Question: "Is it better, spiritually, to be poor than to be rich?"
Answer: How does one’s financial status affect one’s spiritual status? Or is there any effect at all? Which is better, to be poor or rich? This topic has long been debated within the church. Israel was promised freedom from poverty if the people followed God’s laws (Deuteronomy 15:4). Yet Jesus taught that the poor are blessed (Luke 6:20).
The apostle Paul addressed the issue of wealth in 1 Timothy 6:8–10: “If we have food and clothing, we will be content with that. Those who want to get rich fall into temptation and a trap and into many foolish and harmful desires that plunge people into ruin and destruction. For the love of money is a root of all kinds of evil. Some people, eager for money, have wandered from the faith and pierced themselves with many griefs.” Having money is not wrong, but loving money is. The abundance of money or the lack of money is less important than our spiritual condition.
In Jewish culture, poverty and even disability were often seen as the result of someone’s personal sin. In John 9:1–2, the disciples of Jesus asked, “‘Rabbi, who sinned, this man or his parents, that he was born blind?’ ‘Neither this man nor his parents sinned,’ said Jesus, ‘but this happened so that the works of God might be displayed in him.’” While human nature often attributes poverty or other weaknesses to something wrong a person has done, God can and does use such circumstances to work His perfect plan.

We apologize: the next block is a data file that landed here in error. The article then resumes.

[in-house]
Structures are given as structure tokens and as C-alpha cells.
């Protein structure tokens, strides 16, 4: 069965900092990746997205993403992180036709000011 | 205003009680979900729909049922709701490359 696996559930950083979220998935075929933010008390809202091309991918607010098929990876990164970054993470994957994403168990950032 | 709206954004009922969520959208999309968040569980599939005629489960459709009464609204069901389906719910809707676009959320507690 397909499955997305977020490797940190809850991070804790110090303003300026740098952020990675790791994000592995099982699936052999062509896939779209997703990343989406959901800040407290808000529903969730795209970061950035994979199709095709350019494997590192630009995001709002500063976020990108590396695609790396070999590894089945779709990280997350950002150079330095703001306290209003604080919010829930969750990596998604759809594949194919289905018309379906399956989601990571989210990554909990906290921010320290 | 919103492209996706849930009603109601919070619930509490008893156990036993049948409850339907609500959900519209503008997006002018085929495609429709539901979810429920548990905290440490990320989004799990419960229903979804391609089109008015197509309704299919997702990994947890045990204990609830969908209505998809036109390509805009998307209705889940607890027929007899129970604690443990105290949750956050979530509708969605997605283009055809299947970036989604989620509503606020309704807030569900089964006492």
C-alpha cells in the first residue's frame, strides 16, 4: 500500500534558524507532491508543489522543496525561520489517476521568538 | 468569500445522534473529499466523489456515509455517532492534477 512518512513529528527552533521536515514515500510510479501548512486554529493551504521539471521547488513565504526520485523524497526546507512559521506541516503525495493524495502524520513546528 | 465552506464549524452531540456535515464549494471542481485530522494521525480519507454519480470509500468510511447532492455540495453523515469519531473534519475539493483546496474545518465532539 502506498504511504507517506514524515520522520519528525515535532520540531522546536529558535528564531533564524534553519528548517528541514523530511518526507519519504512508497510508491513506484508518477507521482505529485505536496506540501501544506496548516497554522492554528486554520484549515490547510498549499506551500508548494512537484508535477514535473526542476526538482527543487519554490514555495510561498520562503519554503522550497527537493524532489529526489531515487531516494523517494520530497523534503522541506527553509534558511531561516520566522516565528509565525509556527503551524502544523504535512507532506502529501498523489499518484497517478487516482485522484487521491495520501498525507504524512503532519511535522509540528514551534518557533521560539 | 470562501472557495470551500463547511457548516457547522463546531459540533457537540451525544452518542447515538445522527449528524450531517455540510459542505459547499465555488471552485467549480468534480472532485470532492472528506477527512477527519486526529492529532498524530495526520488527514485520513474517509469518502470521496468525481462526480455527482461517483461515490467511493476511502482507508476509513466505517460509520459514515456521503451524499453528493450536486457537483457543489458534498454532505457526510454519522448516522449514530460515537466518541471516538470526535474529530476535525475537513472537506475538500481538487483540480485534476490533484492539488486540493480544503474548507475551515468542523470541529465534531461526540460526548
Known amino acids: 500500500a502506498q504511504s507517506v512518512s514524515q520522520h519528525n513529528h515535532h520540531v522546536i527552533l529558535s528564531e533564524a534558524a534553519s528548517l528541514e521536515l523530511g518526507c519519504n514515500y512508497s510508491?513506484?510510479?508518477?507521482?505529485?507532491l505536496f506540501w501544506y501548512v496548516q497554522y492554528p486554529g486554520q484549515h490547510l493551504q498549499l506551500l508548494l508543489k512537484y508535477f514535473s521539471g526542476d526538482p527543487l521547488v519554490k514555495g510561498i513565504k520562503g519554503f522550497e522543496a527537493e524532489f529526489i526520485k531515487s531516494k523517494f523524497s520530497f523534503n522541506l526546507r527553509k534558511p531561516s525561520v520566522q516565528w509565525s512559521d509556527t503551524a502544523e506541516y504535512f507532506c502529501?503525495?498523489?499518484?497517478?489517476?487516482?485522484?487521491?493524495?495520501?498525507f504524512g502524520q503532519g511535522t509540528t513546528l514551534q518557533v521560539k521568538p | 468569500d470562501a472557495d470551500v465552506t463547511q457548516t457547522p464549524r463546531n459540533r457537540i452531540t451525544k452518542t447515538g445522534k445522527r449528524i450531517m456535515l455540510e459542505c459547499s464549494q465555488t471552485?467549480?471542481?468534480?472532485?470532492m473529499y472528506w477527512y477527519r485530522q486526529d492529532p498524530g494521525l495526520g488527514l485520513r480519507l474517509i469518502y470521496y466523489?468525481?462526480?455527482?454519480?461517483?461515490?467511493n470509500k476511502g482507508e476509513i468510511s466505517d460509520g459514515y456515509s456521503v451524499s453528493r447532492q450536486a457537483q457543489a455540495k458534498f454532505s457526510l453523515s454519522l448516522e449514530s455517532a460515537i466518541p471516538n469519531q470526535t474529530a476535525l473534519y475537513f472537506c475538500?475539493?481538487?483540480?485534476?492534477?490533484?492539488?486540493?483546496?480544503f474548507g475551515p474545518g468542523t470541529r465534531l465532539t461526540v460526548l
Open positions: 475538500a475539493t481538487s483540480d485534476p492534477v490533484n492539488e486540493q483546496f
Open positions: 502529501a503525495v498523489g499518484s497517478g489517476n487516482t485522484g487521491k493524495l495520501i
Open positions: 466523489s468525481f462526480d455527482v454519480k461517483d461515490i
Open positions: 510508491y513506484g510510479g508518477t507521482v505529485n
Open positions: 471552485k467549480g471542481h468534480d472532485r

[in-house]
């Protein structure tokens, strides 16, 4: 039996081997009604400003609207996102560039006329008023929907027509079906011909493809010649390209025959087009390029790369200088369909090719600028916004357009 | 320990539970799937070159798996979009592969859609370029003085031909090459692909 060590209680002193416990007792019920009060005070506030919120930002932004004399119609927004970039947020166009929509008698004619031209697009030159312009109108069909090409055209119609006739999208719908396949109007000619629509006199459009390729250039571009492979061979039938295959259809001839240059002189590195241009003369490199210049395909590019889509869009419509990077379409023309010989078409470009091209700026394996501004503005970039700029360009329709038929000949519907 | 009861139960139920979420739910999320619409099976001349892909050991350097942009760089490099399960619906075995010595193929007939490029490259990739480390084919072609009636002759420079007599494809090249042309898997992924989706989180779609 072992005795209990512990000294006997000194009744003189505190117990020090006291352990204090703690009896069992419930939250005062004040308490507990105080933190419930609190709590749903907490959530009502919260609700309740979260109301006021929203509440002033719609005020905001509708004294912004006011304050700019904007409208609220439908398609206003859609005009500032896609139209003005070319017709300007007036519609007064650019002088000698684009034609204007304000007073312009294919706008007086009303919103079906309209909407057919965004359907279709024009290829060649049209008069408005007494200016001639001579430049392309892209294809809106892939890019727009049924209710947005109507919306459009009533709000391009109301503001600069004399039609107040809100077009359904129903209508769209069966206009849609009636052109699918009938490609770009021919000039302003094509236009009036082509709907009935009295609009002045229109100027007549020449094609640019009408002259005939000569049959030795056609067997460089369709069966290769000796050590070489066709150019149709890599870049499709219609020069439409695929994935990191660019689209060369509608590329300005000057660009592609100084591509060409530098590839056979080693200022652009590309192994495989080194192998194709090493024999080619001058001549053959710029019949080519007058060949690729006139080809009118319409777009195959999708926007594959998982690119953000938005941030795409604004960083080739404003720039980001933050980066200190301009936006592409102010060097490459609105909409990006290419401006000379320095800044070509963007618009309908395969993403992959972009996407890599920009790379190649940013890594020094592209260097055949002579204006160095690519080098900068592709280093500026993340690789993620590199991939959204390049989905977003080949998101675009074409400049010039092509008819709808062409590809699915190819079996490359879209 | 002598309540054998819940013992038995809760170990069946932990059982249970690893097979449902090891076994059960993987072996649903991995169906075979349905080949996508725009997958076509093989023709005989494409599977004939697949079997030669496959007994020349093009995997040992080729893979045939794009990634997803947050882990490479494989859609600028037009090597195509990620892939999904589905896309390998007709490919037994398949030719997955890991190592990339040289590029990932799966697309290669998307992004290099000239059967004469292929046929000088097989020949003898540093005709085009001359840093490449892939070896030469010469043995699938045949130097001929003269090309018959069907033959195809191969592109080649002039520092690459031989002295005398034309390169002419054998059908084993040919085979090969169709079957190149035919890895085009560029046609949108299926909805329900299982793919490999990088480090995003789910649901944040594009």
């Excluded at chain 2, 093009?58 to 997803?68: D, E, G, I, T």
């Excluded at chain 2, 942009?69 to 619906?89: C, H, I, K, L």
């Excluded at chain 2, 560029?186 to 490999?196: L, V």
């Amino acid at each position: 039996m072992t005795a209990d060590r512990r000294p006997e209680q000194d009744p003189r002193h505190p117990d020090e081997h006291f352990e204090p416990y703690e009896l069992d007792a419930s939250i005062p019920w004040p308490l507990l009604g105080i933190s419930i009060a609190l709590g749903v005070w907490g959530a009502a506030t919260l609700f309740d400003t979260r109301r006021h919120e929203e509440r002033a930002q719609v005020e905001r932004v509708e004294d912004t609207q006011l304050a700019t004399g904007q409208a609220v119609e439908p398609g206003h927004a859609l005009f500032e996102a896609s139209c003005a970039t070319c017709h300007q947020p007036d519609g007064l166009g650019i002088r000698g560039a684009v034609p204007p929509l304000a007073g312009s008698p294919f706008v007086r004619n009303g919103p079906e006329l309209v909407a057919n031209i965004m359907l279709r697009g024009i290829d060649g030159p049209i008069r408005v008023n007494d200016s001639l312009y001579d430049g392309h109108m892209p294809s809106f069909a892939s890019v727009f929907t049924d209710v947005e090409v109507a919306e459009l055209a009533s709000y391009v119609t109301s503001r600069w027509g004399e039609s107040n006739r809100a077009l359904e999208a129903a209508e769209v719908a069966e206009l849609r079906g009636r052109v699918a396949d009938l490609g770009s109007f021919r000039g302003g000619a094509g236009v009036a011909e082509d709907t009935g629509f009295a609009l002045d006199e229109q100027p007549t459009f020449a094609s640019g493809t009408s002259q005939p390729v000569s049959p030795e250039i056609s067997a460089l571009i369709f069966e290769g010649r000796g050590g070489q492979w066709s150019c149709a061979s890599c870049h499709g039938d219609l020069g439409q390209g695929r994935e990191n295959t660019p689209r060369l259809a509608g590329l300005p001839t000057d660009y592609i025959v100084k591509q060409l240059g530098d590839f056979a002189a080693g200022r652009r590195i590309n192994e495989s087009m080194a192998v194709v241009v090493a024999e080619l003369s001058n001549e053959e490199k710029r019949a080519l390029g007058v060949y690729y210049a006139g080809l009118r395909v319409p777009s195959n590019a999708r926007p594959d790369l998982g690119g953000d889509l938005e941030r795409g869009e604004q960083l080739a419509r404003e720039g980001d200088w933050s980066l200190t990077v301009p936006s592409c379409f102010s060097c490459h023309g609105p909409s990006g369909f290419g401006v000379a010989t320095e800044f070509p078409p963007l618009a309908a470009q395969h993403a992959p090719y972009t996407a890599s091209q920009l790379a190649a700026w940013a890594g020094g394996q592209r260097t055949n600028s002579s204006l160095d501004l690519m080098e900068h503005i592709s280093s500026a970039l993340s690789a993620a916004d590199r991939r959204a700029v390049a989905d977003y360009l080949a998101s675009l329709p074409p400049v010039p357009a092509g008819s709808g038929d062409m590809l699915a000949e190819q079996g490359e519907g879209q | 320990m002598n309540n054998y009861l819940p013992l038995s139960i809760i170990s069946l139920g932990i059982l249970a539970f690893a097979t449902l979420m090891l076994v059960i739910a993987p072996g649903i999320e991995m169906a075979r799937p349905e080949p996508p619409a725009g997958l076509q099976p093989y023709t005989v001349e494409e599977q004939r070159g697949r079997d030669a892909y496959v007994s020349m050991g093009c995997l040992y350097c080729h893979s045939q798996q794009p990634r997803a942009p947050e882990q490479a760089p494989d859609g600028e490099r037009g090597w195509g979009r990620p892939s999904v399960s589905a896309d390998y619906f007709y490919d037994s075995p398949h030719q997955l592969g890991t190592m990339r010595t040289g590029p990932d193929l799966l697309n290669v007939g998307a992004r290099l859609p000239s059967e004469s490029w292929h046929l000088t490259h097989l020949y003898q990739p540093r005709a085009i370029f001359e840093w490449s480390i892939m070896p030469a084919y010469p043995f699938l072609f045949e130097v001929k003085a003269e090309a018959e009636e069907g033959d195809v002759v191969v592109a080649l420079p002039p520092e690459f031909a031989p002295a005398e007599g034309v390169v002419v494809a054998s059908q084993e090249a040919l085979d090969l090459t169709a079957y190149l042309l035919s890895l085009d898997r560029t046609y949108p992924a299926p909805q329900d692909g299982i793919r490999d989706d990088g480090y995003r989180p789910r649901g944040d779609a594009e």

The account of the rich young ruler in Mark 10:17–22 shows how riches can be a spiritual stumbling block. Jesus told the young man to sell his possessions, give the money to the poor, and then follow Jesus. The man walked away sad because he was a man of much wealth. In this case, the man’s wealth was a negative since it kept him from following Christ. He loved his money more than he loved Jesus.
While many of the psalms and proverbs speak matter-of-factly regarding the benefits of wealth and struggles of poverty, the Bible is clear that both poverty and wealth can be the will of God and a blessing from God. Jesus lived in relative poverty; Solomon was blessed with significant wealth. King David had a humble beginning and a wealthy ending. The apostles followed Christ to persecution and martyrdom; they were not regarded as wealthy, but they used all they had to share Christ with others (Luke 18:28). “Rich and poor have this in common: The LORD is the Maker of them all” (Proverbs 22:2).
The human perspective sees wealth as a blessing and poverty as a curse. God’s plan is much greater and uses both wealth and poverty to accomplish His will. We are to avoid the temptation to see wealth as God’s only blessing and instead be content in any and every circumstance, knowing that God’s blessings are not defined by our possessions in this world but are found in their fullness in a kingdom not of this world.